Racked.com, one of my favorite daily haunts, has already given full coverage regarding these window displays, first at Barneys, and then at the Los Angeles Sporting Club. Of very interesting note, their posting on the Barney’s windows generated quite a discussion, mainly from readers making complaints about how Barney’s was irresponsible in promoting a violence-against-women-friendly message.
I’m glad other readers were also present who were more aligned with my opinions: the displays make you look twice, maybe the word “artsy” runs through your head, but the image as a whole definitely stick in your mind. Actually, they also make me go, “I wonder how they applied the blood to make it look that way.” But that’s it. And I’m sure that’s all that Barneys intended.
The displays hardly make me think, “hmm, I’ve got a craving to maul some innocent individual of the opposite sex.” If they did, I’d recommend a checkup with the local psychiatrist.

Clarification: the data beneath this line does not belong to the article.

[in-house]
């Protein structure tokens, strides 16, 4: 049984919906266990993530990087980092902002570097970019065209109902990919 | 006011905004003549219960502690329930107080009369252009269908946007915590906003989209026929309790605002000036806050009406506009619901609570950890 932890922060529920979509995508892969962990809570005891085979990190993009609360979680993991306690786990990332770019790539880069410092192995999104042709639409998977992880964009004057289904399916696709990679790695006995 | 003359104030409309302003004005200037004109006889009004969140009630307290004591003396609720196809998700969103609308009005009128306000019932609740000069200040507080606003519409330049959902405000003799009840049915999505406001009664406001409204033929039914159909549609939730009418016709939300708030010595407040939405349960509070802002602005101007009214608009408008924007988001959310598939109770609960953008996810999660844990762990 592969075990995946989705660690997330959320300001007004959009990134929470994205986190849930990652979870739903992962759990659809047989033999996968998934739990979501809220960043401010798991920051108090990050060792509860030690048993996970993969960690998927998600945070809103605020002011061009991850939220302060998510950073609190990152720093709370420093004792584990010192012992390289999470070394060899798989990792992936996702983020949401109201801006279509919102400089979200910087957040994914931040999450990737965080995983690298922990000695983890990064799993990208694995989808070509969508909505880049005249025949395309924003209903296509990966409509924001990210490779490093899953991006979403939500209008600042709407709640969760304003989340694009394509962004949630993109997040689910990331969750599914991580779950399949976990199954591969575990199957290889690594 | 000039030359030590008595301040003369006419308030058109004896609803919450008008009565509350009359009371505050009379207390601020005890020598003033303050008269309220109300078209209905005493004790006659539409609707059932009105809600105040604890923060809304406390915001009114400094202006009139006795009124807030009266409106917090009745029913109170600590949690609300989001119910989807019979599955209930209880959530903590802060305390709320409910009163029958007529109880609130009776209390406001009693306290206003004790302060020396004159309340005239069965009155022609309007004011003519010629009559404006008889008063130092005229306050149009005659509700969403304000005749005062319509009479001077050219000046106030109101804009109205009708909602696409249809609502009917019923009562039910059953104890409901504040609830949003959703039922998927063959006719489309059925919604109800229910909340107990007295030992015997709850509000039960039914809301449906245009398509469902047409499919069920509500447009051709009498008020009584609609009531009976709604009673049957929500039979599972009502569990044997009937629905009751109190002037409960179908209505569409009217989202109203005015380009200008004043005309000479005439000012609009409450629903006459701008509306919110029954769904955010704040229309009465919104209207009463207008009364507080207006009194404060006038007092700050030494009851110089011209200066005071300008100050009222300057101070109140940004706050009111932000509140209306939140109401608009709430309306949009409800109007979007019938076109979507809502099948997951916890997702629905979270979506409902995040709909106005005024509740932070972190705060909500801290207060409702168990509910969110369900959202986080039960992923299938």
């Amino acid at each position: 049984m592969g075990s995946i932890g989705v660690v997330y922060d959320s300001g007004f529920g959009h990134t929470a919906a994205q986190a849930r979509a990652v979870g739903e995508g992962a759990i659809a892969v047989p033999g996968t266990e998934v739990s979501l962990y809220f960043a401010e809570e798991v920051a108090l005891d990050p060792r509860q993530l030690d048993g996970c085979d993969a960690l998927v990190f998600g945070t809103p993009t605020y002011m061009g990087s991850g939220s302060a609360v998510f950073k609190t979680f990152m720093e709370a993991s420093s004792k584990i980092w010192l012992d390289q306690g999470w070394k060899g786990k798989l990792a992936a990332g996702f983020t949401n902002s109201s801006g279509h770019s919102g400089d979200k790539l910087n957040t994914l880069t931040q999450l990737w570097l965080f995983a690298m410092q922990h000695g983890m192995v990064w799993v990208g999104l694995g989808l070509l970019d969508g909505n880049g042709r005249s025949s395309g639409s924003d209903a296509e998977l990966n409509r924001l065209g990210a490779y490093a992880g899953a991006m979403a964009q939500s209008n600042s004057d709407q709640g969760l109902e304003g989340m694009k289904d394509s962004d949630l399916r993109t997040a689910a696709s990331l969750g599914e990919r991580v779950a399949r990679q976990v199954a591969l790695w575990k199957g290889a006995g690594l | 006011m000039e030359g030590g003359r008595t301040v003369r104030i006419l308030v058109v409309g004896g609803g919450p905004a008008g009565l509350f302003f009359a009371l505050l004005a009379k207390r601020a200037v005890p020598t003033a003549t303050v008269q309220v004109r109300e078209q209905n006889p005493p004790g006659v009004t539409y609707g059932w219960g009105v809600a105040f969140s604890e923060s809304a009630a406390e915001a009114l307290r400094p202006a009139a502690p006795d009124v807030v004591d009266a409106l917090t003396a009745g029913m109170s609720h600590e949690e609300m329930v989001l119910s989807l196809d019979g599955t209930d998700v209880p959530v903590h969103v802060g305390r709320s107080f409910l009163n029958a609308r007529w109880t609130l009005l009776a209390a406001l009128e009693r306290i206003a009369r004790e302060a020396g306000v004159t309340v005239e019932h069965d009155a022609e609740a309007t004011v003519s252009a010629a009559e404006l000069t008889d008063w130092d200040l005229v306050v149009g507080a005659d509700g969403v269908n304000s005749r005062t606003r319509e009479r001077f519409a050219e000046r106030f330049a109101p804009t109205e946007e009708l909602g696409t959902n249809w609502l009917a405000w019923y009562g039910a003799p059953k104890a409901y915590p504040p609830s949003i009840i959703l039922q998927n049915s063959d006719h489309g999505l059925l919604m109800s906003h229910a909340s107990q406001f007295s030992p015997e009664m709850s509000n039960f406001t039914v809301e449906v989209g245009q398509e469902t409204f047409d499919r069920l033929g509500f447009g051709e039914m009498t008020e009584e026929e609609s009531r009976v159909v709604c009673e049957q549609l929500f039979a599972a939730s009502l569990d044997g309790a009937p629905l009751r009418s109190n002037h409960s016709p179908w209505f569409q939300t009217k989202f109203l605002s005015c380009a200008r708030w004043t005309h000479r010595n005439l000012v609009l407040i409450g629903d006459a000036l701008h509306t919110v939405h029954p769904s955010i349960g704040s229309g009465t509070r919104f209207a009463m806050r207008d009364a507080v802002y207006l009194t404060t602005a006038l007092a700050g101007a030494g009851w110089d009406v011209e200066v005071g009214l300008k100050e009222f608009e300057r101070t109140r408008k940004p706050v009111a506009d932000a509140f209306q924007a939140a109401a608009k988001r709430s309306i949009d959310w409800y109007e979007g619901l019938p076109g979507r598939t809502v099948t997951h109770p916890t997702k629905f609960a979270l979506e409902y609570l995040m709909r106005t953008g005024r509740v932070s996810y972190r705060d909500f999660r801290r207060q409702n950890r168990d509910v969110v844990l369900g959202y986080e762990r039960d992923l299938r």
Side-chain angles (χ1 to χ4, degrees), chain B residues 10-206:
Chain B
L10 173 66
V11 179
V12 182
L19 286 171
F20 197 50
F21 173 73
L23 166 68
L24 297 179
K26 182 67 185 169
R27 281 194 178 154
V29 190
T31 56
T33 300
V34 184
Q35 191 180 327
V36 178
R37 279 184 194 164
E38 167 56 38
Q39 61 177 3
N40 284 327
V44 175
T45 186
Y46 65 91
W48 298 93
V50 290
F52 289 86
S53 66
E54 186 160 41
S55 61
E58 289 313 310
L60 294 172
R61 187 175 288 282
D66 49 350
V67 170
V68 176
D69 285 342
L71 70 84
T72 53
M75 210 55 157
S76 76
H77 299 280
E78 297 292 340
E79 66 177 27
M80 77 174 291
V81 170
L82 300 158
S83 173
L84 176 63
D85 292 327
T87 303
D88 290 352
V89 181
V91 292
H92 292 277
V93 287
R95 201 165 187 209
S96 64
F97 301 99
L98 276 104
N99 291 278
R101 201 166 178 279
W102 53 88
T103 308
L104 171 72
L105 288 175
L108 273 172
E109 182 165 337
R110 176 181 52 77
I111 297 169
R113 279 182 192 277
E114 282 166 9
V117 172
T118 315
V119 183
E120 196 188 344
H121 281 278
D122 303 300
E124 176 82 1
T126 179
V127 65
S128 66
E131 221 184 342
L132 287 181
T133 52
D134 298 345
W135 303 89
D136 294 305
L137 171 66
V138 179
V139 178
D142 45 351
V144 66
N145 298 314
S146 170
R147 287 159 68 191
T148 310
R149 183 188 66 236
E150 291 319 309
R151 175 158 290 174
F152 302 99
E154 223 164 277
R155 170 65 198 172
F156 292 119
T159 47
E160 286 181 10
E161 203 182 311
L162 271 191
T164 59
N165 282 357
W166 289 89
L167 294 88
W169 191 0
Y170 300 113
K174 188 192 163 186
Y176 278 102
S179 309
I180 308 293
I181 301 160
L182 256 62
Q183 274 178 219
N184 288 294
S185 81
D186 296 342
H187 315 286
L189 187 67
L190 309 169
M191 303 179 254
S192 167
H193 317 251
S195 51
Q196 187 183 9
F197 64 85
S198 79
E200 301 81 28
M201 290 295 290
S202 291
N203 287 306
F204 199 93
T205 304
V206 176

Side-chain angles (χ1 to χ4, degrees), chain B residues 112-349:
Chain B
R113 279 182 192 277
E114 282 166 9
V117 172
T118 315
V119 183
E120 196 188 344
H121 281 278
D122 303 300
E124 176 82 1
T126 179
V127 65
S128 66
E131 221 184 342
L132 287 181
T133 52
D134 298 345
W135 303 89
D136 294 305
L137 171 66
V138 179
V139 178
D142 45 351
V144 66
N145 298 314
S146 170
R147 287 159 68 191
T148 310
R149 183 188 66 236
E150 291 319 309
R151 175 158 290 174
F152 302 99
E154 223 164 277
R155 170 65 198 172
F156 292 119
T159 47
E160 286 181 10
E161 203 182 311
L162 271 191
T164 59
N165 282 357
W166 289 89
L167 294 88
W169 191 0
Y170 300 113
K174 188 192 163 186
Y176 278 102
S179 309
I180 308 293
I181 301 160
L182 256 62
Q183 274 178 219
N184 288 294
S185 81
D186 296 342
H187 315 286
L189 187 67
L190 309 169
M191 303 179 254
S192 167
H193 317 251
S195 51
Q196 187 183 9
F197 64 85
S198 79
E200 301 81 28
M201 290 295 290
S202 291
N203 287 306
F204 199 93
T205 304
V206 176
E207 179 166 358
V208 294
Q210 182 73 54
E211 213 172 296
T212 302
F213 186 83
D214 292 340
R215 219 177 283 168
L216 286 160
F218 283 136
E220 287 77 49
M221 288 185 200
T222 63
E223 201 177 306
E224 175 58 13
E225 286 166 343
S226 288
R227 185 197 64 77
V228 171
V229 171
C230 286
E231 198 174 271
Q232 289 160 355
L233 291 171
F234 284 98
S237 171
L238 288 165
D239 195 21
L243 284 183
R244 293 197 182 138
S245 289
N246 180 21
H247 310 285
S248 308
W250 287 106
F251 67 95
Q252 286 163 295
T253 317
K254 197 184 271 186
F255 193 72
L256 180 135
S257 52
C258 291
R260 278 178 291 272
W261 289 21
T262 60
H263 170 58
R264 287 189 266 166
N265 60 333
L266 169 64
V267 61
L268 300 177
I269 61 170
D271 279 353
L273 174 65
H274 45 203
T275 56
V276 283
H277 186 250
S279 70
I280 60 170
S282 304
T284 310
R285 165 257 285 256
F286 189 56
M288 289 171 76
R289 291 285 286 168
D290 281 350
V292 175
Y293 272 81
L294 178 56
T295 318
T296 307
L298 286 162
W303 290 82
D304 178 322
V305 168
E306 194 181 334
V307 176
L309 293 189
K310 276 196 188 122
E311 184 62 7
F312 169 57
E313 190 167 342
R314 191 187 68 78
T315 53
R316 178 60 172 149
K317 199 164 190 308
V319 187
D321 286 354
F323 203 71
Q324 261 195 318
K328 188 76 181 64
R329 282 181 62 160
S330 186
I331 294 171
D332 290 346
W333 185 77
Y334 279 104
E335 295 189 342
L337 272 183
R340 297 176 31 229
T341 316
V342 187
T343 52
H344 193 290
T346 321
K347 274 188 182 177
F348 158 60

More images and thoughts after the jump:
To me, fashion is the great machine that takes its cues from the art world in terms of discourse, ideas, and presentation…never quite the same, it’s probably the best contemporary example of kitsch — as described by Walter Benjamin — that I can think of. Of course, when you deal with kitsch, you deal with the narrow-minded, the ignorant…the masses. What if these displays had been installations by some artist? Would they have generated the same reaction from the viewer, and subsequent counter-reaction by the creator (Barneys took down the displays)?
On a less abstract level…switch the gender of the mannequins, and apparently, the effect is changed. The LASC’s dental shop of horrors is proof of that, with no apparent fuss from the general public. Personally, I find this display much more interesting…but it’s also more involved of a showing too.
both images per SquareDesigns
These displays are done by window designer ChadMichael Christian Morrisette, whose design company, SquareDesigns, does windows for a variety of places in LA…his website has some pretty cool shots of previous works arranged by location/retailer/client…